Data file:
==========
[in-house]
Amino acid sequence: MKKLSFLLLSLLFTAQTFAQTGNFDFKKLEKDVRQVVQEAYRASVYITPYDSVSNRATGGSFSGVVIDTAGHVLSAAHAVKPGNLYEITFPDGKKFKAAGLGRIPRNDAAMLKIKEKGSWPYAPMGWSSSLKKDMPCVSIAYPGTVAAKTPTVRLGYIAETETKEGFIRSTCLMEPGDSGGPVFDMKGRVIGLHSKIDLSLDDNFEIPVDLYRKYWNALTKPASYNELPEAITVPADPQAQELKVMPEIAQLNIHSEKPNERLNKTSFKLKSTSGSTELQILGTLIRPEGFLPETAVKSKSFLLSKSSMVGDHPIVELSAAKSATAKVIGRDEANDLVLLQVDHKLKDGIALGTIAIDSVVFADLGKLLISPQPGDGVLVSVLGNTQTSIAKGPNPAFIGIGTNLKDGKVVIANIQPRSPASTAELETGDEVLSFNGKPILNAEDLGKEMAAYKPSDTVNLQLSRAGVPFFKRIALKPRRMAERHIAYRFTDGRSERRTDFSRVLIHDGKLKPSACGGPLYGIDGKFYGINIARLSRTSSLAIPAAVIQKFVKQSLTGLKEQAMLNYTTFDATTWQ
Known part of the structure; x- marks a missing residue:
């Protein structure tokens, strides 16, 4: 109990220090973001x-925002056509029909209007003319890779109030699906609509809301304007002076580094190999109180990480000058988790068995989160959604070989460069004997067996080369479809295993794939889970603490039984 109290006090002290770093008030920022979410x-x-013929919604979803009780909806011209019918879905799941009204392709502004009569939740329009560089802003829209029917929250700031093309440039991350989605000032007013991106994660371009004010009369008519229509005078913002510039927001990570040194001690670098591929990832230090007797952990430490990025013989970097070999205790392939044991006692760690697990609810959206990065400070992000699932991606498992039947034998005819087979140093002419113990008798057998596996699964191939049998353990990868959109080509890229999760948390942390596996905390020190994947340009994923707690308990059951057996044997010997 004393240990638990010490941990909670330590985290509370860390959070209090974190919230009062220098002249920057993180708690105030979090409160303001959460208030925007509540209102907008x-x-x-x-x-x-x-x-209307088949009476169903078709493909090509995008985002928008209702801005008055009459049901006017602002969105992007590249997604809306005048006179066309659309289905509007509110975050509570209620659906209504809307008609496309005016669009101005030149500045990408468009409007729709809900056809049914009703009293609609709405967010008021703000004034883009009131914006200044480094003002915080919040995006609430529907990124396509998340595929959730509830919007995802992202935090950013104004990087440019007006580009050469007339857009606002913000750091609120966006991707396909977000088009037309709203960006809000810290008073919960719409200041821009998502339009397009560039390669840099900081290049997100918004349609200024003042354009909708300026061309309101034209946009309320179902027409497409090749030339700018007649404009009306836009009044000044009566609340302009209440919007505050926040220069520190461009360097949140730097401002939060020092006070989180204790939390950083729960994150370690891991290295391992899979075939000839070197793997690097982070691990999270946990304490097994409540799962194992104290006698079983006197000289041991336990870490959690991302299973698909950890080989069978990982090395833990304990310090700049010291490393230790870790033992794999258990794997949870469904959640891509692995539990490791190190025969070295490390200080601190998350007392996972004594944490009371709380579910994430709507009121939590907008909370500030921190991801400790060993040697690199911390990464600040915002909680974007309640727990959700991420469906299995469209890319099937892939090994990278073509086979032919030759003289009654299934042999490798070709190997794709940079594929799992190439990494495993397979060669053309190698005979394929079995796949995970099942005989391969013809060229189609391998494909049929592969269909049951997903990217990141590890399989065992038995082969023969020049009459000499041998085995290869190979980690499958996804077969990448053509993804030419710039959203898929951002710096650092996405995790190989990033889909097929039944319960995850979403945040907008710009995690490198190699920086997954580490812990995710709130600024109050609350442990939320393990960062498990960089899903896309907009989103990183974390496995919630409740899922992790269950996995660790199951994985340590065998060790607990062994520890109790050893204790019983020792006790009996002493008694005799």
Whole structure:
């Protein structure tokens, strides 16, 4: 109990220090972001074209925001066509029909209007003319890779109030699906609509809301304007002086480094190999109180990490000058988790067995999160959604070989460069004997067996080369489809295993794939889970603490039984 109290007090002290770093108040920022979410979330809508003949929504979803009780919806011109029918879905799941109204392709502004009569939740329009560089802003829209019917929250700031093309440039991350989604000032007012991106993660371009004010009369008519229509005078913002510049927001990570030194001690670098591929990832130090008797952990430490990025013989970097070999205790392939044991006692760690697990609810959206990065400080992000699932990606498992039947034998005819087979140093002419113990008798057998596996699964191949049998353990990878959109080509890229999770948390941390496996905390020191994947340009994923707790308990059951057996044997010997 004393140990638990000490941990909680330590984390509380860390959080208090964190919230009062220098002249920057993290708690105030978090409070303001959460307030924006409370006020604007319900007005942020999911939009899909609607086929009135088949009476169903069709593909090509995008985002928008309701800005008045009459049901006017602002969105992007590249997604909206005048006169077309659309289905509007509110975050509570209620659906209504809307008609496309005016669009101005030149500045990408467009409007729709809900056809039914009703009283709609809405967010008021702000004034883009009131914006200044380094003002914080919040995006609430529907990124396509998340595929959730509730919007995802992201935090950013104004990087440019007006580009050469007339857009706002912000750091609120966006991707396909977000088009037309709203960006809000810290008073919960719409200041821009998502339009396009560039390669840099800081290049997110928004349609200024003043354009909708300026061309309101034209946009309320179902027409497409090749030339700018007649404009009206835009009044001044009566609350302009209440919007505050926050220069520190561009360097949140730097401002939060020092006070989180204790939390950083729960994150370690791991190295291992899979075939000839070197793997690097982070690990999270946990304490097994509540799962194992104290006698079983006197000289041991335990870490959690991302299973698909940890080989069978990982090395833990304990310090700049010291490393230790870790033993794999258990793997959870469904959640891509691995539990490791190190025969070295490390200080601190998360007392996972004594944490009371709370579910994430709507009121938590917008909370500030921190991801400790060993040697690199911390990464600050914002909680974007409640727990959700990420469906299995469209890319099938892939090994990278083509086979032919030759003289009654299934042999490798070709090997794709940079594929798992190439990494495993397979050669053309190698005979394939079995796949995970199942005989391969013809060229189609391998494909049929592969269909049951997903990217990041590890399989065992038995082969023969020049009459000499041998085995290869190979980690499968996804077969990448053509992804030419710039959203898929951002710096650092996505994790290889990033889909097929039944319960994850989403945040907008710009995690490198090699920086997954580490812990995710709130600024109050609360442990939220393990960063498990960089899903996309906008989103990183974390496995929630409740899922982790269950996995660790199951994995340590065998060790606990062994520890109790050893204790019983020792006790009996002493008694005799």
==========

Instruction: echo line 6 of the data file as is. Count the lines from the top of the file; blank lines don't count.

């Protein structure tokens, strides 16, 4: 109990220090972001074209925001066509029909209007003319890779109030699906609509809301304007002086480094190999109180990490000058988790067995999160959604070989460069004997067996080369489809295993794939889970603490039984 109290007090002290770093108040920022979410979330809508003949929504979803009780919806011109029918879905799941109204392709502004009569939740329009560089802003829209019917929250700031093309440039991350989604000032007012991106993660371009004010009369008519229509005078913002510049927001990570030194001690670098591929990832130090008797952990430490990025013989970097070999205790392939044991006692760690697990609810959206990065400080992000699932990606498992039947034998005819087979140093002419113990008798057998596996699964191949049998353990990878959109080509890229999770948390941390496996905390020191994947340009994923707790308990059951057996044997010997 004393140990638990000490941990909680330590984390509380860390959080208090964190919230009062220098002249920057993290708690105030978090409070303001959460307030924006409370006020604007319900007005942020999911939009899909609607086929009135088949009476169903069709593909090509995008985002928008309701800005008045009459049901006017602002969105992007590249997604909206005048006169077309659309289905509007509110975050509570209620659906209504809307008609496309005016669009101005030149500045990408467009409007729709809900056809039914009703009283709609809405967010008021702000004034883009009131914006200044380094003002914080919040995006609430529907990124396509998340595929959730509730919007995802992201935090950013104004990087440019007006580009050469007339857009706002912000750091609120966006991707396909977000088009037309709203960006809000810290008073919960719409200041821009998502339009396009560039390669840099800081290049997110928004349609200024003043354009909708300026061309309101034209946009309320179902027409497409090749030339700018007649404009009206835009009044001044009566609350302009209440919007505050926050220069520190561009360097949140730097401002939060020092006070989180204790939390950083729960994150370690791991190295291992899979075939000839070197793997690097982070690990999270946990304490097994509540799962194992104290006698079983006197000289041991335990870490959690991302299973698909940890080989069978990982090395833990304990310090700049010291490393230790870790033993794999258990793997959870469904959640891509691995539990490791190190025969070295490390200080601190998360007392996972004594944490009371709370579910994430709507009121938590917008909370500030921190991801400790060993040697690199911390990464600050914002909680974007409640727990959700990420469906299995469209890319099938892939090994990278083509086979032919030759003289009654299934042999490798070709090997794709940079594929798992190439990494495993397979050669053309190698005979394939079995796949995970199942005989391969013809060229189609391998494909049929592969269909049951997903990217990041590890399989065992038995082969023969020049009459000499041998085995290869190979980690499968996804077969990448053509992804030419710039959203898929951002710096650092996505994790290889990033889909097929039944319960994850989403945040907008710009995690490198090699920086997954580490812990995710709130600024109050609360442990939220393990960063498990960089899903996309906008989103990183974390496995929630409740899922982790269950996995660790199951994995340590065998060790606990062994520890109790050893204790019983020792006790009996002493008694005799």